- The first element of uaf_array is passed to a call of restore_proc, the procedure contained in forall_proc
- restores the initial state freeing the uaf_array
- The alloc_string procedure reclaims the freed uaf_array
- The forall_proc is updated to call leak_proc
- Subsequent calls by the forall operator call the leak_proc on each element of the reclaimed uaf_array which elements now contain the result of the alloc_string procedure
Figure 2 demonstrates a debug log of the uaf_array being used after being reclaimed.
Figure 2: uaf_array reclaimed debug log
By manipulating the operations after the save operator, the attacker is able to manipulate the memory layouts and convert the Use-After-Free to create a read/write primitive. Figure 3 shows the faked string, with length set as 0x7fffffff, base as 0.
Figure 3: Faked String Object
Leveraging the power of reading and writing arbitrary user memory, the EPS program continues by searching for gadgets to build the ROP chain, and creates a file object. Figure 4 demonstrates the faked file object in memory.
Figure 4: Fake File Object, with ROP
By calling closefile operand with the faked file object, the exploit pivots to the ROP and starts the shellcode. Figure 5 shows part of the disassembler of closefile operand handler.
Figure 5: Stack Pivot disassembler of closefile
Once execution has been achieved, the malware uses the ROP chain to change the execution protection of the memory region containing the shellcode. At this point, the shellcode is running within a sandbox that was executing FLTLDR.EXE and an escalation of privilege is required to escape that sandbox.
The second document, Confirmation_letter.docx, continues by utilizing 32 or 64 bit versions of CVE-2016-7255 to escalate privilege before dropping a new variant of the NETWIRE malware family. Several versions of this document were seen with similar filenames.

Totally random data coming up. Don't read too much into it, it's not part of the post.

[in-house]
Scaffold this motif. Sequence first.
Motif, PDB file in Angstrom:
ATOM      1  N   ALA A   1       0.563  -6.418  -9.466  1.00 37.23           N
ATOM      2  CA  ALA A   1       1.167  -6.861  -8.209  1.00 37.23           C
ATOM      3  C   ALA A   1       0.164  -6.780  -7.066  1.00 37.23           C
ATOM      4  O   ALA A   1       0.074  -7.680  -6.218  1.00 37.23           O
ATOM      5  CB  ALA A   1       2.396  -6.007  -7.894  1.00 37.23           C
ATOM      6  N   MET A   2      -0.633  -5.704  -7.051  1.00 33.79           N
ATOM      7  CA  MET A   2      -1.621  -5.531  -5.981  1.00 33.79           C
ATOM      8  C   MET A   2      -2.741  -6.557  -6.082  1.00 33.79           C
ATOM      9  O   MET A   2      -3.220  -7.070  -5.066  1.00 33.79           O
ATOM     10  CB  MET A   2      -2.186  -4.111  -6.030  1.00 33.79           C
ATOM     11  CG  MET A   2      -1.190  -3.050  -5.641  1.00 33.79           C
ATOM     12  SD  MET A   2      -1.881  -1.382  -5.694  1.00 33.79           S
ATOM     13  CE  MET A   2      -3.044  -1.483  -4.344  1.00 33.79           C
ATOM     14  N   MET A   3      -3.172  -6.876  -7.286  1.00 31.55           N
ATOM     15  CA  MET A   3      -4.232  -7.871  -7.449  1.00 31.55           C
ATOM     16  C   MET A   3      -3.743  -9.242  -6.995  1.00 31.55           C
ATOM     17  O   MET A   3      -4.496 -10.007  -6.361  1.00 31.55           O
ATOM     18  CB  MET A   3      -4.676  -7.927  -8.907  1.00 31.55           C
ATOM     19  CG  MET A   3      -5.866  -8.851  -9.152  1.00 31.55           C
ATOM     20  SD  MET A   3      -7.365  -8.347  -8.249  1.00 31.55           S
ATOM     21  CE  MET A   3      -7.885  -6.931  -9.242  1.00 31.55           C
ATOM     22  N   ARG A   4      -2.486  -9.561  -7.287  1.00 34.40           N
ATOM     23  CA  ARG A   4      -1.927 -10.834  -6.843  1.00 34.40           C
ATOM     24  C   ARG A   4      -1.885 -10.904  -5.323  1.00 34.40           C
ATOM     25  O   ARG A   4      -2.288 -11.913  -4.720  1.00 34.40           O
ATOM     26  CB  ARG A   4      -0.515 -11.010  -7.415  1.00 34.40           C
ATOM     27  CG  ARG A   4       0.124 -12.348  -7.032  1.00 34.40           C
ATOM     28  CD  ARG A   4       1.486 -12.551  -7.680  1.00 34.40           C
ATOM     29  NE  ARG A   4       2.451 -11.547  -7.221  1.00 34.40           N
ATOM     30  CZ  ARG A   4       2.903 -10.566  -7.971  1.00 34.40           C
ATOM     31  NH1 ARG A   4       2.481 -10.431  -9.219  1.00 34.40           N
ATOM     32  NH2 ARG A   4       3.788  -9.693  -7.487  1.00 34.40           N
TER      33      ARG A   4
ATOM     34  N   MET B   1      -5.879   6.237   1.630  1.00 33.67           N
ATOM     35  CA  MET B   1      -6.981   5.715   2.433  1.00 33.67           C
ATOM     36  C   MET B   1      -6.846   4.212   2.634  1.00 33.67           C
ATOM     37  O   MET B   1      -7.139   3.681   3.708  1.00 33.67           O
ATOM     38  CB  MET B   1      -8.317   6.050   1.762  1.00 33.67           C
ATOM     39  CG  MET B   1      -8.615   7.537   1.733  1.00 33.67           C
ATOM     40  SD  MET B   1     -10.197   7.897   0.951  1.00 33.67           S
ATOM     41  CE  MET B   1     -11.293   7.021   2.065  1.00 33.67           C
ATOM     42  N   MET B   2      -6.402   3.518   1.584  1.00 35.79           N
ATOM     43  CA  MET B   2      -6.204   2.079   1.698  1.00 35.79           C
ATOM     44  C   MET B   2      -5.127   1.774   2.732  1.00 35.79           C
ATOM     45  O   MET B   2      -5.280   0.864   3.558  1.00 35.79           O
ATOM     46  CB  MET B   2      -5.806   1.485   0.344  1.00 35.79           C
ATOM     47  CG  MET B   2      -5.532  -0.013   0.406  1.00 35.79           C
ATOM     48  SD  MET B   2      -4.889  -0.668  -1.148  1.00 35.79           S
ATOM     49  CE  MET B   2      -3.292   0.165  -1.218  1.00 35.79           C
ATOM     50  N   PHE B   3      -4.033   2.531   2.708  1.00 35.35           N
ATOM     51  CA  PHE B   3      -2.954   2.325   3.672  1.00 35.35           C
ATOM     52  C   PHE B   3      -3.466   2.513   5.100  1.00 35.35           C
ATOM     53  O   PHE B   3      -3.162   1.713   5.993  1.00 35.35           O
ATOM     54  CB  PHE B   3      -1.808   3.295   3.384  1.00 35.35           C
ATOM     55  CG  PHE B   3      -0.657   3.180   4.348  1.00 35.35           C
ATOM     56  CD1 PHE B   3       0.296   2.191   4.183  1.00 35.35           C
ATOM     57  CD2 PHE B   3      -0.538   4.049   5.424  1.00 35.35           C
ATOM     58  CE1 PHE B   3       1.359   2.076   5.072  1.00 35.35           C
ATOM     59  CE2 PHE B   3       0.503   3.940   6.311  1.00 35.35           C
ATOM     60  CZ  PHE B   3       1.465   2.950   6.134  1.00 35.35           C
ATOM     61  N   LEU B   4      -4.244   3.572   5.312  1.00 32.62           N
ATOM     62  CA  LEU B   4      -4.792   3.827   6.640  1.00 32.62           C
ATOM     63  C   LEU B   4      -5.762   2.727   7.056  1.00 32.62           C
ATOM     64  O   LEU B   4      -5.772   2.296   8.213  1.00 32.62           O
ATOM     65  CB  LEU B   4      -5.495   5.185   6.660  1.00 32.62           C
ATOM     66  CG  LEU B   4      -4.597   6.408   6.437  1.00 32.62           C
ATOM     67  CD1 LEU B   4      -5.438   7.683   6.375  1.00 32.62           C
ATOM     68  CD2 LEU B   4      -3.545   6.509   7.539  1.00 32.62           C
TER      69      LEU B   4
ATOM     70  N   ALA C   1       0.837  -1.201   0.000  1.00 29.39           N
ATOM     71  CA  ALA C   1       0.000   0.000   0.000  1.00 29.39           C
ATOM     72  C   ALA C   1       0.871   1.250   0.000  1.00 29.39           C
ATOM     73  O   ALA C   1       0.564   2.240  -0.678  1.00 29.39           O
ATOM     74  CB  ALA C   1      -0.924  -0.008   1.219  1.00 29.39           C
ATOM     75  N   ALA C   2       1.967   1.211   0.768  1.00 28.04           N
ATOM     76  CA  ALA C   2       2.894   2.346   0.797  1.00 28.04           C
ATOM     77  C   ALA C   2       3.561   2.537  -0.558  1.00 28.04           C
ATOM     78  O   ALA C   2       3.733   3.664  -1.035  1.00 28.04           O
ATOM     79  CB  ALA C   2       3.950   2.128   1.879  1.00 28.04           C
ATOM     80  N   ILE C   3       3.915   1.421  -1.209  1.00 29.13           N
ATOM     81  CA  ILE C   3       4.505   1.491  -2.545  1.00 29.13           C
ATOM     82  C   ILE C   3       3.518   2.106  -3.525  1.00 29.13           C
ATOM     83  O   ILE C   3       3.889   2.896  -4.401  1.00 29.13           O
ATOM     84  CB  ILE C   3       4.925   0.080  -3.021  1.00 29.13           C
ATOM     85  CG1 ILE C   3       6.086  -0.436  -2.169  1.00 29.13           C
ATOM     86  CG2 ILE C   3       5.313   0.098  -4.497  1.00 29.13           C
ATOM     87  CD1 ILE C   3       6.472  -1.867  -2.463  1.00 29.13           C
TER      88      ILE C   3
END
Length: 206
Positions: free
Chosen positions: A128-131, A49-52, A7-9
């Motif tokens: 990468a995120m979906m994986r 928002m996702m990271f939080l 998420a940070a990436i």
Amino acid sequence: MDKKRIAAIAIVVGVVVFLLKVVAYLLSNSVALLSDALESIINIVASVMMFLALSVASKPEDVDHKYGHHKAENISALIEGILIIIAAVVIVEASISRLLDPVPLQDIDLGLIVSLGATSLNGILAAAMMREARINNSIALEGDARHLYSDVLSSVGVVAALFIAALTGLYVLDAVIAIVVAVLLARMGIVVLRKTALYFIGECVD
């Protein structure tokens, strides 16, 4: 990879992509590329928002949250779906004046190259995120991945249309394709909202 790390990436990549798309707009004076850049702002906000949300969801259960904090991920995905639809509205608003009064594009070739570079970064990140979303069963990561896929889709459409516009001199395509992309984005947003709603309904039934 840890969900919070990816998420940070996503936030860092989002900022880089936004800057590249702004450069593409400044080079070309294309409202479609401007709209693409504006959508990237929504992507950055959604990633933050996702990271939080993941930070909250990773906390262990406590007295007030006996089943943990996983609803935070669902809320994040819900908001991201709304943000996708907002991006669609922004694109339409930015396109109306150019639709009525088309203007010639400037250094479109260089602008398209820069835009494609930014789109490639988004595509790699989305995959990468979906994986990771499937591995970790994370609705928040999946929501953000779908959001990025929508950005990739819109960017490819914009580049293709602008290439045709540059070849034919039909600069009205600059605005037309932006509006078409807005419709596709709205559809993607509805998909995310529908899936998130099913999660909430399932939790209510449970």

The EPS programs contained within these documents contained different logic to perform the construction of the ROP chain as well as build the shellcode. The first took the additional step of using a simple algorithm, shown in Figure 6, to obfuscate sections of the shellcode.
Figure 6: Shellcode obfuscation algorithm
CVE-2017-0262 – Type Confusion in EPS
The second EPS vulnerability is a type confused procedure object of forall operator that can alter the execution flow allowing an attacker to control values onto the operand stack. This vulnerability was found in a document named “Trump’s_Attack_on_Syria_English.docx”.
Before triggering the vulnerability, the EPS program sprays the memory with predefined data to occupy specific memory address and facilitate the exploitation. Figure 7 demonstrates the PostScript code snippet of spraying memory with a string.
Figure 7: PostScript code snippet of spray
After execution, the content of string occupies the memory at address 0x0d80d000, leading to the memory layout as shown in Figure 8. The exploit leverages this layout and the content to forge a procedure object and manipulate the code flow to store predefined value, in yellow, to the operator stack.
Figure 8: Memory layout of the sprayed data
After spraying the heap, the exploit goes on to call a code statement in the following format: 1 array 16#D80D020 forall. It creates an Array object, sets the procedure as the hex number 0xD80D020, and calls the forall operator. During the operation of the forged procedure within forall operator, it precisely controls the execution flow to store values of the attacker’s choices to operand stack. Figure 9 shows the major code flow consuming the forged procedure.